A century since Le Corbusier began his journey as an architect, he remains one of the profession's most influential and controversial figures. Here, Joe Lloyd explores how he got there
No modern architect is as simultaneously acclaimed and despised as Le Corbusier (1887-1965). To his admirers, he was the ultimate modernist visionary, redefining how a building could feel, be formed and function in the 20th century — as well as the artful creator of a suite of architectural masterpieces across the world. To his detractors, however, he represents the paradigm of the hubristic megalomaniac, treating people, buildings and even whole cities as test subjects for his top-down reorganisation of society.
The truth naturally falls between the two, and in the disjunct between his activities as an architect and his ambitions as an urban planner. Both sides might agree that he possessed an extraordinary sense of self-definition. His very name, which translates into English as ‘the crow-like,’ was a nom de guerre chosen aged 30. He was born Charles-Edouard Jeanneret-Gris in the Swiss watchmaking city of Le Chaux-de-Fonds.
He did not initially intend to become an architect, but rather studied applied and decorative arts the local art school. There, his painting tutor Charles l'Eplattenier pushed him towards his future profession. ‘I had a horror of architecture and architects,’ he later wrote, ‘I was sixteen, I accepted the verdict and obeyed.’ He instead taught himself through reading and sketching, and between 1908 and 1910 worked as a draughtsman for Auguste Perret – one of the first practitioners to use reinforced concrete – in Paris.
In 1912, he embarked on his first major project: a house for his parents. The resultant Maison Blanche had a not dissimilar profile to the historicist residences build by the Swiss bourgeoise at the time, but was denuded of ornamentation and painted white, and organized around four load-bearing pillars. Five years later, he moved to Paris and took the name Le Corbusier. He eventually set up practice with his cousin Pierre Jeanneret, a partnership that, beyond a rift over wartime activities, would endure until Le Corbusier’s death.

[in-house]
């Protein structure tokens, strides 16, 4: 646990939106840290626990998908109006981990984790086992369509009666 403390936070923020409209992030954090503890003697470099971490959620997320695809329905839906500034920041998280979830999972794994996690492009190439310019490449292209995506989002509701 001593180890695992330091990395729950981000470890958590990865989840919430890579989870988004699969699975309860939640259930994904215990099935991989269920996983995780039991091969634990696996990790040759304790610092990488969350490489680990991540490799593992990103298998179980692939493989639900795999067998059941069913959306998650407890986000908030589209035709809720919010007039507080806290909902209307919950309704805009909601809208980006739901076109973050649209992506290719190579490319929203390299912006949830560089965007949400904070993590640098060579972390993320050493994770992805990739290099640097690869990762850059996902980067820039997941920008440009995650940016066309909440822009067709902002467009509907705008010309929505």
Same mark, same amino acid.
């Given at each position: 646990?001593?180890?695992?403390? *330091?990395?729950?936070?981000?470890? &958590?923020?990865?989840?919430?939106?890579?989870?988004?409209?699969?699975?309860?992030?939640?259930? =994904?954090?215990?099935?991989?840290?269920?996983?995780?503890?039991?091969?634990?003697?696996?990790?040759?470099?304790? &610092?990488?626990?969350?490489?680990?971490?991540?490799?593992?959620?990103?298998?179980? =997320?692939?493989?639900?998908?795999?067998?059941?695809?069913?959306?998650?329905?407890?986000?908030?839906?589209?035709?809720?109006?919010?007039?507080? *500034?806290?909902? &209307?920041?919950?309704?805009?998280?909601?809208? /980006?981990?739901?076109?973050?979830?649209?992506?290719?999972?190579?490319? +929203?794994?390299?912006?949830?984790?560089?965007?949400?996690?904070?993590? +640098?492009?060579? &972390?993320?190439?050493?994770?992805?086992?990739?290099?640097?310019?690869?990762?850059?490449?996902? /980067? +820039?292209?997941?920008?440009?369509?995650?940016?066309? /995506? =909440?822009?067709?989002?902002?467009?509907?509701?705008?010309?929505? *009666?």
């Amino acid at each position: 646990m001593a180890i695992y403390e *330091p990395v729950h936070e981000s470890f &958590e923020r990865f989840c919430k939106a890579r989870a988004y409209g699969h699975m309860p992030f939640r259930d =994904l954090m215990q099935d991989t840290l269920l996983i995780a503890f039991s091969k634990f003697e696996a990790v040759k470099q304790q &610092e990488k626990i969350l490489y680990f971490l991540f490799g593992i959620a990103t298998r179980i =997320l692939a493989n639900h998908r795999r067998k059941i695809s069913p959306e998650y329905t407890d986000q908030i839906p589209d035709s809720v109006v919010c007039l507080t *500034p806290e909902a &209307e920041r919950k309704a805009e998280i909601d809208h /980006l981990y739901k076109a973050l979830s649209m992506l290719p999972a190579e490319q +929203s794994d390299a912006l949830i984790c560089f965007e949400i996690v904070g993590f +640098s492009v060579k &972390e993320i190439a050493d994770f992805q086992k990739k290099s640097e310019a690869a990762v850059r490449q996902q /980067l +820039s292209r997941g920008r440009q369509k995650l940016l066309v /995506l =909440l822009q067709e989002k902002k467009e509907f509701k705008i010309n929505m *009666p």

In Paris without commissions, Le Corbusier threw himself into the artistic avant-garde. In 1918, with the painter Amédée Ozenfant, he found the Purist movement: a simplified spin-off of cubism that embraced contemporary technology. His 1923 essay collection Towards an Architecture – almost certainly the most influential architecture book published in the 20th century – established several ideas that would reverberate through his later career. His Five Points of Architecture provided a blueprint for the open plan modern house, while his phrase ‘a house is a machine for living in’ came to epitomize the modernist notion that houses should be functional, identical and mechanically produced.
He knew what he was doing. Buoyed by his growing profile as a provocative writer, he was commissioned to design a pavilion for the 1925 Paris International Exhibition. The success of this structure led to a string of residential projects, all of which have become classics of modernism. The most acclaimed of all, Villa Savoye (1928-31), might be the archetypal modernist house. Constructed from reinforced concrete and raised above the ground by load-bearing piloti, it featured a free floor plan, a roof terrace and horizontal strips of window.
If Le Corbusier had solely continued as a creator of elegant minimalist villas, he would likely be an uncontroversial figure to everyone but the most dogged traditionalist. Where the waters start to muddy is with his full pelt gallop into the burgeoning field of urban planning, most notoriously with the Plan Voisin (1925). Funded by the aeronautical pioneer Gabriel Voisin, this scheme would have seen the Marais – one of Paris’s oldest and most architecturally rich districts – replaced by 18 cruciform-shaped concrete towers, 60 storeys apiece, set in parkland.
In 1928, Le Corbusier entrenched his reputation by co-founding the International Congresses of Modern Architects (CIAM). From 1928 to 1959, this saw leading architects meet to discuss the problems facing the modern city and their solutions. In doing so, they helped define a rationalist, functionalist view of modern architecture that would — for better or worse — come to thrive the world over.